Forspoken Review - Forsaken

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Though it takes inspiration from isekai--stories in which people from Earth are transported to and become trapped in a fantastical world (think Alice in Wonderland but Japanese)--Forspoken ultimately doesn't understand what makes that genre so popular. Instead, it tells a largely forgettable story that sets up major stakes but fails to offer a compelling reason for why the player should care. Luminous Productions' action-RPG feels great when it allows you to really stretch your legs and magically parkour across its fantasy landscape, but combat is clunky and regular exposition too often stalls the action.

In Forspoken, protagonist Frey finds herself trapped in the magic-filled world of Athia after stumbling through a portal. There, she bonds with a sentient brace she nicknames Cuff and then encounters a group of survivors living in the last city that's free from the effects of a dangerous miasma. This blight, which Frey calls the Break, covers the land and transforms living creatures into mutated monsters. Frey is the only exception, making her an ideal candidate for exploring the Break, finding its source, and destroying it. The whole situation is an intriguing narrative setup but boring or unlikable characters let it down. It's difficult to like the standoffish and stubborn Frey, the incessantly sarcastic Cuff (who regularly quips in Frey's ear like a discount JARVIS), or any of the survivors who are all too eager to completely rely on Frey's protection from the Break while also asking her to complete boring optional tasks like going on a tour of a lifeless hub or petting a bunch of sheep.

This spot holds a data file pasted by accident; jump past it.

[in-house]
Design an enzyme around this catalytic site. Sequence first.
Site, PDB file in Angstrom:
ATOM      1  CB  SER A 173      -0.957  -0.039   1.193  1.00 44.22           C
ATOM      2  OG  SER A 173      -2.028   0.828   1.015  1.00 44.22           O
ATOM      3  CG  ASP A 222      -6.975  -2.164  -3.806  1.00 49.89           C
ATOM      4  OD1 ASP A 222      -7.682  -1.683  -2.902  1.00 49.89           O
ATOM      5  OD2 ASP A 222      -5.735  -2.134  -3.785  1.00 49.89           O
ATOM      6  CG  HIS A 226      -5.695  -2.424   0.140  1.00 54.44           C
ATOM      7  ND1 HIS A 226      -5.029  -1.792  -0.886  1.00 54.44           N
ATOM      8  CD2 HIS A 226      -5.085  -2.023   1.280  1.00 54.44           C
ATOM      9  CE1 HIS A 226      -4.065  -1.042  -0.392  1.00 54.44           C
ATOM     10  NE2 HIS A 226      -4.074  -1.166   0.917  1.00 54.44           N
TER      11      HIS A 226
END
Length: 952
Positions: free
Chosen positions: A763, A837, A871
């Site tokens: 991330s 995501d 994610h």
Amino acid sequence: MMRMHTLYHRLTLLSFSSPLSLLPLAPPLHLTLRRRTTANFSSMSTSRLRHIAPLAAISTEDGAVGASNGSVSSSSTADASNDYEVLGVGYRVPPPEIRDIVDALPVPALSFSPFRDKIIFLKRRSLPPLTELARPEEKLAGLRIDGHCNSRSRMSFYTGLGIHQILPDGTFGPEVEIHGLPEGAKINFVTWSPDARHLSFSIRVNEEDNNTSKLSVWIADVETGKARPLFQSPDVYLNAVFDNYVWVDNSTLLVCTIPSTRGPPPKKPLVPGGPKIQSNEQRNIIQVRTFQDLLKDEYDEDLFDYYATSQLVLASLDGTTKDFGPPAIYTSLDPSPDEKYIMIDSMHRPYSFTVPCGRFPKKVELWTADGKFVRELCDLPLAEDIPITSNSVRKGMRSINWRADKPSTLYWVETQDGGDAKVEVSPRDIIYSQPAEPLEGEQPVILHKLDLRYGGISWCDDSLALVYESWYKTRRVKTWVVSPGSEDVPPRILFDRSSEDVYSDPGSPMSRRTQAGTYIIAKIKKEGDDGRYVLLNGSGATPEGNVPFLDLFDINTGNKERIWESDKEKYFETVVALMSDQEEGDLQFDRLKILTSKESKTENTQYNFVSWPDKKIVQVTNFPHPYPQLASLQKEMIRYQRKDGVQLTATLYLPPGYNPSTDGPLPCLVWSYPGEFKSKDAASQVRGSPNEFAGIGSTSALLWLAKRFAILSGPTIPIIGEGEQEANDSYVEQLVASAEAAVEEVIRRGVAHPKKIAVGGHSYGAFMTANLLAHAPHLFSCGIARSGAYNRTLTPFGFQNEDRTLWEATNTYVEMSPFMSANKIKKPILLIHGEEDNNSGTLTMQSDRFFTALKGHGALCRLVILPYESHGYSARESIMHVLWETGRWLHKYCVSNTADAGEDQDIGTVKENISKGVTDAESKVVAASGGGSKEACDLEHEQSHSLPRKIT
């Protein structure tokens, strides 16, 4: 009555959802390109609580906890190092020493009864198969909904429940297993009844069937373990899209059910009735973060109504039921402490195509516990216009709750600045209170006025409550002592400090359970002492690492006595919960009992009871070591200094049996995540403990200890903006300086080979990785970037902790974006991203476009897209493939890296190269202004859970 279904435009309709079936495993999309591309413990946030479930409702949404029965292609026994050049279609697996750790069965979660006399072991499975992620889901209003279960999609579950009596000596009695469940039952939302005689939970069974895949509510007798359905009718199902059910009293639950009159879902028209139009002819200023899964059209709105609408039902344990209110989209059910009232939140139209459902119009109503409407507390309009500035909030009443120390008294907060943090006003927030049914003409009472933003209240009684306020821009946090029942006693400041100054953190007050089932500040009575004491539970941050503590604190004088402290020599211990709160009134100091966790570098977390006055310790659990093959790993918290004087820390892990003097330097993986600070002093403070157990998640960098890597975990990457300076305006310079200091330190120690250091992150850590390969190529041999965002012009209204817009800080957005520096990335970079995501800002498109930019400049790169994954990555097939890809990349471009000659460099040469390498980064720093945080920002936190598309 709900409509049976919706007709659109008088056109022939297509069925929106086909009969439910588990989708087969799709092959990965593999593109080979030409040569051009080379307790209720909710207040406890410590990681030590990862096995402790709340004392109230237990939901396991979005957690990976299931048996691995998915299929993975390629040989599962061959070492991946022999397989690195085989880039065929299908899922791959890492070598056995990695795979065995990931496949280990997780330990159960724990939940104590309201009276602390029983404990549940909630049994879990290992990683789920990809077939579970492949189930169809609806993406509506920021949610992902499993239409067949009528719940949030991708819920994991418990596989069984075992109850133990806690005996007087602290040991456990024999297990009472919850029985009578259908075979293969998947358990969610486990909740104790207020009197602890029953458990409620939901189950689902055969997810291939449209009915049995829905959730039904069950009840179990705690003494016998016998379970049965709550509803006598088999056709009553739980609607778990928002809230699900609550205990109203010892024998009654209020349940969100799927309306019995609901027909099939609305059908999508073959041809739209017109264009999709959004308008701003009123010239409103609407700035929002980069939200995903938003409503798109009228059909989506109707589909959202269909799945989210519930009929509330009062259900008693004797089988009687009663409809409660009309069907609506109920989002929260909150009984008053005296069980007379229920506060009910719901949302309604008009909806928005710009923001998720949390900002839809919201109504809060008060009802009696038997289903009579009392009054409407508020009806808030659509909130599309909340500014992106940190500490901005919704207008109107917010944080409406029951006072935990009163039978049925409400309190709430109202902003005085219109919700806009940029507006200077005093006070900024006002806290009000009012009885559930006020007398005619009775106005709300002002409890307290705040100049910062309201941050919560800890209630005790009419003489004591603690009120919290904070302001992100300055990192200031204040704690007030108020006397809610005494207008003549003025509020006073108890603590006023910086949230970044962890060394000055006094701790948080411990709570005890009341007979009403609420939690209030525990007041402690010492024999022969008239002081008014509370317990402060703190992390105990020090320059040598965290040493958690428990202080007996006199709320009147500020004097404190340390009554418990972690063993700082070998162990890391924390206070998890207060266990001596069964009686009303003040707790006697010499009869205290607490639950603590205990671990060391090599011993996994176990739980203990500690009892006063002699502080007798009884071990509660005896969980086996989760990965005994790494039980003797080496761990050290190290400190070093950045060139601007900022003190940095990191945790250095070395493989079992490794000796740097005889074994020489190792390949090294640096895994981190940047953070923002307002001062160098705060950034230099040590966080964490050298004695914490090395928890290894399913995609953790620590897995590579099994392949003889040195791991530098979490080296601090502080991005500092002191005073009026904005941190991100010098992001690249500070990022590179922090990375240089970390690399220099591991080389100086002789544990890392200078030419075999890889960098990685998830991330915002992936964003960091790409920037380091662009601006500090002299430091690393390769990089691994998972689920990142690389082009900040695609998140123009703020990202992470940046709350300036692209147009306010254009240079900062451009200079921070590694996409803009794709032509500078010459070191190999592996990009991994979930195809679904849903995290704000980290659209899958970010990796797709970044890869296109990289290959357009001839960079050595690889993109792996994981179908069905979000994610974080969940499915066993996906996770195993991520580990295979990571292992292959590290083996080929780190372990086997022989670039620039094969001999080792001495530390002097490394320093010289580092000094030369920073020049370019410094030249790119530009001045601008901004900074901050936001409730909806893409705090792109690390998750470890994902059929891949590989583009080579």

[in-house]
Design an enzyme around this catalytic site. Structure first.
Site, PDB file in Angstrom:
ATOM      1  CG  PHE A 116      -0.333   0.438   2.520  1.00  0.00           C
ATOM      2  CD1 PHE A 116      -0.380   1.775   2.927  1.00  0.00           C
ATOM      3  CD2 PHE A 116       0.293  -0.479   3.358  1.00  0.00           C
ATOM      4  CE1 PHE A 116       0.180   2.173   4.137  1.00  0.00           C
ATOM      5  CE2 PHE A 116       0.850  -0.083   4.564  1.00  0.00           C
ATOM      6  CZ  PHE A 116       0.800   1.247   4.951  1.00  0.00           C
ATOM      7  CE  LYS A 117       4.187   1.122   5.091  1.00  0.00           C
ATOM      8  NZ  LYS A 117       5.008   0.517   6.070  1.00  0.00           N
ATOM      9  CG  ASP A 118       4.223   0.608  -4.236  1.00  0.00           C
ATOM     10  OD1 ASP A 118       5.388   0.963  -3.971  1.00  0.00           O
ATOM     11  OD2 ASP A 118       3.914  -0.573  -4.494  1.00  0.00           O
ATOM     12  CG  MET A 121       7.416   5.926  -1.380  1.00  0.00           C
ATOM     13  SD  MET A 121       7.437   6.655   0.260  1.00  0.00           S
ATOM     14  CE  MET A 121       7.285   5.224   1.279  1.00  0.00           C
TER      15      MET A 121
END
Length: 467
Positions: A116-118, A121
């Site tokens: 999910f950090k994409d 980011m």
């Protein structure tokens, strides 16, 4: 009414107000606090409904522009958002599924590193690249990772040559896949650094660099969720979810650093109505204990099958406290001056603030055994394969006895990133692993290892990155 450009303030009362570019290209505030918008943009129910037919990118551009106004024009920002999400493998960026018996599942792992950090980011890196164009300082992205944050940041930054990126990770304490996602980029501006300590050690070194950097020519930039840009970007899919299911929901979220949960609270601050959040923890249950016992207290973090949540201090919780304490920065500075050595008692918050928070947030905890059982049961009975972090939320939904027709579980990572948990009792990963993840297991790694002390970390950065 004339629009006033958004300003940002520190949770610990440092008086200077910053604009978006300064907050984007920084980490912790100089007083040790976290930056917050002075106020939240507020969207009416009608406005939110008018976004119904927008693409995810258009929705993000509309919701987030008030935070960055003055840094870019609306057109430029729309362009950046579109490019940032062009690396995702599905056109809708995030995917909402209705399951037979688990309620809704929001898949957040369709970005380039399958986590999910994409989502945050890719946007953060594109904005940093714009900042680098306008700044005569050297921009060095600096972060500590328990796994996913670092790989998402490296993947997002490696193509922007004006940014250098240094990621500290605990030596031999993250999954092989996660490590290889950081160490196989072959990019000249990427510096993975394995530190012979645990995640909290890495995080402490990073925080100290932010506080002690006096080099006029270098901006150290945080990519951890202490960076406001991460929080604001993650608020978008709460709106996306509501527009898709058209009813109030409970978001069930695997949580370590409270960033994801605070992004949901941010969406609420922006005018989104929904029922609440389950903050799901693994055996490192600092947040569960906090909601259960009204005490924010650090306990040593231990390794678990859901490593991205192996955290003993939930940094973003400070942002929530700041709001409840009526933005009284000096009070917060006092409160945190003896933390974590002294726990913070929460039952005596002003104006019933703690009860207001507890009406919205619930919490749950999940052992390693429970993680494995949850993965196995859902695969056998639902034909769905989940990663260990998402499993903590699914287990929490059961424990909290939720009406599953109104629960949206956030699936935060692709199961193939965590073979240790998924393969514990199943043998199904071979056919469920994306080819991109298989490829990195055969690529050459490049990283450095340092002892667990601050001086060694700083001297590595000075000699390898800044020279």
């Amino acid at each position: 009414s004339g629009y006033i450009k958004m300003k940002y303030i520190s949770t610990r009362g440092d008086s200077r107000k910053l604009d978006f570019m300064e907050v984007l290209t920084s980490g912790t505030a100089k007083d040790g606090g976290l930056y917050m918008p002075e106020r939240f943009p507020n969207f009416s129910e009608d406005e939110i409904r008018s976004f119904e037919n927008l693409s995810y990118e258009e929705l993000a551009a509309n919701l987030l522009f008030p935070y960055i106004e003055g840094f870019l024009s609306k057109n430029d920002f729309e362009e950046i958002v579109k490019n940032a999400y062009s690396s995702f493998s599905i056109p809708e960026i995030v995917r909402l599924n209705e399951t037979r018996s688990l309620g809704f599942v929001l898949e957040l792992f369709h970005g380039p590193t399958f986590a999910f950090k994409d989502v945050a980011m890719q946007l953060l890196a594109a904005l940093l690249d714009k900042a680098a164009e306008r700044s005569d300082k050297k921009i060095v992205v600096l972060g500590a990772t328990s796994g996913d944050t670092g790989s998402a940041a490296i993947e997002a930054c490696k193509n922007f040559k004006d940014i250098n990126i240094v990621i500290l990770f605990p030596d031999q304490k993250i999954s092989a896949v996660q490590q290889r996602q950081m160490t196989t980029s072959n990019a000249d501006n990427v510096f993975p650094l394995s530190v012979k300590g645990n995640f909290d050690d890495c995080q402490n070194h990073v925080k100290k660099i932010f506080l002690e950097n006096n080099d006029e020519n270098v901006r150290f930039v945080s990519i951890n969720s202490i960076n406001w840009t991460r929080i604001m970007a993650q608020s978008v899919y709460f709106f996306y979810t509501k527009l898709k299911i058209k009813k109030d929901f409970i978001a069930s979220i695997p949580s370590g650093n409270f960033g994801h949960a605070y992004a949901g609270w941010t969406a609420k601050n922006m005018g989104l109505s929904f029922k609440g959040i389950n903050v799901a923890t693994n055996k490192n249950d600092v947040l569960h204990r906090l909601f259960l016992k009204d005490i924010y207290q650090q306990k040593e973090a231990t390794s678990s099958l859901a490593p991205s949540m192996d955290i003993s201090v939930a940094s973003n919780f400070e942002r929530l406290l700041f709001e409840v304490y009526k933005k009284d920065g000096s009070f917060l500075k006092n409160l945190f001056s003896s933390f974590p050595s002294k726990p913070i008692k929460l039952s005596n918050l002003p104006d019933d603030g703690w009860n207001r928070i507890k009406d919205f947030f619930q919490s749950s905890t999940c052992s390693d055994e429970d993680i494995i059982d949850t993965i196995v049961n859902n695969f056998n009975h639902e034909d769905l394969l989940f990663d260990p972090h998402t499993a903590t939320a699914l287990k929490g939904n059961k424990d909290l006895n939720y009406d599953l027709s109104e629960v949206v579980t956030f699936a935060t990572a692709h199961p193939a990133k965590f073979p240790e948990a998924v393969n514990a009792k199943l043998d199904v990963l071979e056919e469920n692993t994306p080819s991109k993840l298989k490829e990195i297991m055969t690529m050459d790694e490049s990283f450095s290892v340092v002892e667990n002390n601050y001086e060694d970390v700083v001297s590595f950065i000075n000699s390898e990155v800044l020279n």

Forspoken's story is one about belonging--finding a place you want to stay and a people you wish to protect. Like any isekai protagonist worth their salt, Frey is initially resistant to her new surroundings before discovering that she's actually ideally suited to the world she's found herself trapped in. However, it's not a world that the game is able to adequately convince the player of wanting to stay in and protect. The emotional connection Forspoken tries to establish to incentivize the player to take action--to help the people that need Frey's help--is deeply uninteresting and oftentimes head-scratching and odd. The characters don't take the threat of Athia's imminent destruction very seriously and any tension that comes from their perilous existence is repeatedly undermined by meaningless busywork they want you to do. The characters themselves are also incredibly plain with two-dimensional personalities. They have no real convictions or anything interesting to say.